#Idioms

Idioms are key in everyday language. They are simple, short, and condense a ton of meaning. Some are quite straightforward, but some are a bit far-fetched. Students can sometimes have a hard time understanding the idioms and end up hating them.

So, time to bury the hatchet, take the bull by the horns and tackle some ways of making idioms accessible.

Let’s imagine you have to teach “raining cats and dogs“. You can elicit ways of raining, types of storms, and the lot. After having brainstormed the vocabulary items, you can play a short #game of “Find the missing link”: students have to find the link between a cat, a dog, and the items they have previously dealt with. As the idiom crops up, you can provide examples of its use.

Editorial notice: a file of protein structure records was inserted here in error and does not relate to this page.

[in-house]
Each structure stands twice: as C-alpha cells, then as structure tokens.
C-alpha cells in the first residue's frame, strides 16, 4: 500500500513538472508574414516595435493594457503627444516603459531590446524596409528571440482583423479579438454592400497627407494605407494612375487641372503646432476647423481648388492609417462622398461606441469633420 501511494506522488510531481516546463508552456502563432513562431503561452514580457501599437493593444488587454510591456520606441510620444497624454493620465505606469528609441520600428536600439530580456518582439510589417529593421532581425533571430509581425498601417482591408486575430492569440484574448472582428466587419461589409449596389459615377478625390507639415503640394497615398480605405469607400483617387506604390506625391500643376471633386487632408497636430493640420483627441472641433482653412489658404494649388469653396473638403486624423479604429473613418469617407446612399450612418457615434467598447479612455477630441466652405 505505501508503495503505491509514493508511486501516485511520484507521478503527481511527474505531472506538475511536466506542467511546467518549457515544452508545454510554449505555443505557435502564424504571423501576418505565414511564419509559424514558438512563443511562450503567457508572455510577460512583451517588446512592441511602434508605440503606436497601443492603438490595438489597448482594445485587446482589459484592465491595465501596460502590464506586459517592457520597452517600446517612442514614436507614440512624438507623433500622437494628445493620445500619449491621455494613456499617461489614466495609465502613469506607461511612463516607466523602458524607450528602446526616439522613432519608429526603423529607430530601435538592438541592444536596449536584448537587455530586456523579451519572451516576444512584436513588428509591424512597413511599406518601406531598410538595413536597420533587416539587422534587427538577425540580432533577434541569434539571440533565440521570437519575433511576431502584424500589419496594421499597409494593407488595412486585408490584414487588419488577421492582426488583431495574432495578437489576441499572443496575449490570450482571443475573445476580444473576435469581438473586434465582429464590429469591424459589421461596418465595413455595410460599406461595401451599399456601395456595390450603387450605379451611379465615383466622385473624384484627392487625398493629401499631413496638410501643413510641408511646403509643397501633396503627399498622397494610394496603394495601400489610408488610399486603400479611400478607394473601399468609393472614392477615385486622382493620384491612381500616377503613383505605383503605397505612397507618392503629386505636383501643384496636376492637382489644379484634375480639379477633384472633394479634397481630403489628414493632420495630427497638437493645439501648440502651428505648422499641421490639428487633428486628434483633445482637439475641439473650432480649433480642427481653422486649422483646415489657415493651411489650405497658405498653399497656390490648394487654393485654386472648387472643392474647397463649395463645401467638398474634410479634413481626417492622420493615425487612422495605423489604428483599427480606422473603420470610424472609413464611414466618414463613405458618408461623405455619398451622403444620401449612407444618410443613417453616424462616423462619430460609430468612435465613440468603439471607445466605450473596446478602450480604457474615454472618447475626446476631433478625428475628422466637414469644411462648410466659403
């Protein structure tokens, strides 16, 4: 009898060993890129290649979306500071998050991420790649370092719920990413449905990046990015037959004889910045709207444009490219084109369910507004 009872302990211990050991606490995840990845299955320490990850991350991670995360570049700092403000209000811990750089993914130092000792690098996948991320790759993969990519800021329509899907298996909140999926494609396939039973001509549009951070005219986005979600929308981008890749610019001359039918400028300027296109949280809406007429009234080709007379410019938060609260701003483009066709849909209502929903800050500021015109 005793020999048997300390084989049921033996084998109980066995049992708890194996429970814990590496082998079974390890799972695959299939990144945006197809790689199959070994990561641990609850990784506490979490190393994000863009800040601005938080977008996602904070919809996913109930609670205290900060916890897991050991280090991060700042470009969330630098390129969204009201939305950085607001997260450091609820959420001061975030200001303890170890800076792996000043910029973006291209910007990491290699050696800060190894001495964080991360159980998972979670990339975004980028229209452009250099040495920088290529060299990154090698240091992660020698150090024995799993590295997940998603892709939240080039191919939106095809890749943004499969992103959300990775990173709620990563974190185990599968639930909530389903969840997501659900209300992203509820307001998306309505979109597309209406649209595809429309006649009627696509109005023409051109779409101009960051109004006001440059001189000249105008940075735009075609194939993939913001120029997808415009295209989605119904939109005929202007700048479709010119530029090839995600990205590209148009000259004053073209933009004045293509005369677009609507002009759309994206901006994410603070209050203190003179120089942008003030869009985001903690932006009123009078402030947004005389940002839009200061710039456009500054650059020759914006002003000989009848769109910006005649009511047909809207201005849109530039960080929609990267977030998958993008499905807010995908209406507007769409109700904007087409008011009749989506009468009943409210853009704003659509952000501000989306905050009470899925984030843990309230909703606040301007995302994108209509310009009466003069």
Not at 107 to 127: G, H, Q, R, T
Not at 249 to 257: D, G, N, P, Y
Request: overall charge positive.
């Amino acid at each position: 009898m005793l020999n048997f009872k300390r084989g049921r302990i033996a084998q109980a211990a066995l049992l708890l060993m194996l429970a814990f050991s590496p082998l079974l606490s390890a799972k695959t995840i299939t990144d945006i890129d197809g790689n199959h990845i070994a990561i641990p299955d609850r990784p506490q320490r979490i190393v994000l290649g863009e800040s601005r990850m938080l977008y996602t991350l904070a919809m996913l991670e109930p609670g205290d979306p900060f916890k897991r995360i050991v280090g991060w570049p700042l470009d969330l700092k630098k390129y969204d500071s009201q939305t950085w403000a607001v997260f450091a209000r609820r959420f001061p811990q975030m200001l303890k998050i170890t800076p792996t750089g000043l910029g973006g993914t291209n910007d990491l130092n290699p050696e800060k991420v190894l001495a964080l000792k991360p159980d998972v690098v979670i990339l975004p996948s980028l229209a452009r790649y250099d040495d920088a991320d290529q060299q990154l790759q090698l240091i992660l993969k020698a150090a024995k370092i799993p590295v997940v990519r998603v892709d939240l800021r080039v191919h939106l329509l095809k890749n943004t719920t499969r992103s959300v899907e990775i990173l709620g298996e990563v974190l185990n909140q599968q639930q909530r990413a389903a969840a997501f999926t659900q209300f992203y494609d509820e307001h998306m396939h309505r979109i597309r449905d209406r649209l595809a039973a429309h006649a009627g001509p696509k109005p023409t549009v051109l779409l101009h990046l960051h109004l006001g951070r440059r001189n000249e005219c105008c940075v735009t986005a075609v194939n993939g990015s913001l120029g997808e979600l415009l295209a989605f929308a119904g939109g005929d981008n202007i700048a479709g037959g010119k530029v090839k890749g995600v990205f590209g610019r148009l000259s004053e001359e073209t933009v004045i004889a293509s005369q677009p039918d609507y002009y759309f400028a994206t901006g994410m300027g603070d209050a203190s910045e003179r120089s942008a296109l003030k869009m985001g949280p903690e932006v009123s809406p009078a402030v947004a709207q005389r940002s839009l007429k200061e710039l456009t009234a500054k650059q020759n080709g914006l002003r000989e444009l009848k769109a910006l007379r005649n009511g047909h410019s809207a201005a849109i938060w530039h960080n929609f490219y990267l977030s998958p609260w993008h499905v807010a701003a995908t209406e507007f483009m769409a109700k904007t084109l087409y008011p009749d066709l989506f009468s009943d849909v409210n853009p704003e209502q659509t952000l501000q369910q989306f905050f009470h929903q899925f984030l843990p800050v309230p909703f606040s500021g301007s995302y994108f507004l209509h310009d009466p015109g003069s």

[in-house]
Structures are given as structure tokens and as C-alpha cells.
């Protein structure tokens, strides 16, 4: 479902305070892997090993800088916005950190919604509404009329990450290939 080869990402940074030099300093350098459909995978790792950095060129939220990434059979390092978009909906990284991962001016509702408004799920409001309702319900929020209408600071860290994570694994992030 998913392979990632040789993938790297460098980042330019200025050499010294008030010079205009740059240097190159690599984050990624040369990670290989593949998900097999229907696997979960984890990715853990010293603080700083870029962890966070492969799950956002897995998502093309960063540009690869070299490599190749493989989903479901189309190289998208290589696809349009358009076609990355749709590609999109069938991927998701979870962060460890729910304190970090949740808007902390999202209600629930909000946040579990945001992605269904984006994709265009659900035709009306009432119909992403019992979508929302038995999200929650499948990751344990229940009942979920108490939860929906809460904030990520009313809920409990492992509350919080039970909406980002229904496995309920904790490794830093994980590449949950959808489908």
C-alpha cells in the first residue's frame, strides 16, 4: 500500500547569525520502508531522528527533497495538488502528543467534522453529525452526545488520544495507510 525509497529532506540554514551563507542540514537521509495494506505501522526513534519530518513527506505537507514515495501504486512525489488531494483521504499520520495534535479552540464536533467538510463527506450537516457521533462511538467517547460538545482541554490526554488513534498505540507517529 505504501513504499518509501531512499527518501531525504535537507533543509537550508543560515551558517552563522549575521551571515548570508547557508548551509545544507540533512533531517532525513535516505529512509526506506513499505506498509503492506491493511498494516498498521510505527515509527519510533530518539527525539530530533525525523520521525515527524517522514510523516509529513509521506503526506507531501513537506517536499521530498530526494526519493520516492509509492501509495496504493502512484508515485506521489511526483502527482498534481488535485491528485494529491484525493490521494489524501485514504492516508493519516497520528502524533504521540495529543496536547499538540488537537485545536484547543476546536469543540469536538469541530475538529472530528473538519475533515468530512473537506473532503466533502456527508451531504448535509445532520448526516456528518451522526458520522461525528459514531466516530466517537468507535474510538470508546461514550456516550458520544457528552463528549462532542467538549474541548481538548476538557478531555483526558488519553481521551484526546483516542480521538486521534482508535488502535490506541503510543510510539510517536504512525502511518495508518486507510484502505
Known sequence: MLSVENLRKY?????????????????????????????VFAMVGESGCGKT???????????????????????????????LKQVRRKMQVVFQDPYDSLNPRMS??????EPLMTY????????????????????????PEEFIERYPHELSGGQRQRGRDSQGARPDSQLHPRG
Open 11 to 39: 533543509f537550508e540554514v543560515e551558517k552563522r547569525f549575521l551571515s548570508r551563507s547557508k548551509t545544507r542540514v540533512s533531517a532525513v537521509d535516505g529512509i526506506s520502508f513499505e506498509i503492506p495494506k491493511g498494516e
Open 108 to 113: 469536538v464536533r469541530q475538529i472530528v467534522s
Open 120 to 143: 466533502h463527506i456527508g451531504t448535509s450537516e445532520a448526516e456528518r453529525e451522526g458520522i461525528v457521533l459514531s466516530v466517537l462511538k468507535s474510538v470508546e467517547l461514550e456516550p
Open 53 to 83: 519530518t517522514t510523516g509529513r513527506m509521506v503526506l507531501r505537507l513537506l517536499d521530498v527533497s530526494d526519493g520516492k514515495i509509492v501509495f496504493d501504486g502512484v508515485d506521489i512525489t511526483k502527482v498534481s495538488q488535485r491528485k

As a way of making the idiom even more meaningful, you can tell the students how the idiom appeared. There are great videos on YouTube that explain the origins of idioms. For this one, here you can find a wonderful one.

Including #videos in our lessons is a great way of appealing to all senses and learning styles. Plus, students can check them out on their phones!

*   *   *  A    m    a    z    i     n      g  *   *   *

Advertisements

Leave a Reply

Fill in your details below or click an icon to log in:

WordPress.com Logo

You are commenting using your WordPress.com account. Log Out / Change )

Twitter picture

You are commenting using your Twitter account. Log Out / Change )

Facebook photo

You are commenting using your Facebook account. Log Out / Change )

Google+ photo

You are commenting using your Google+ account. Log Out / Change )

Connecting to %s

Blog at WordPress.com.

Up ↑

%d bloggers like this: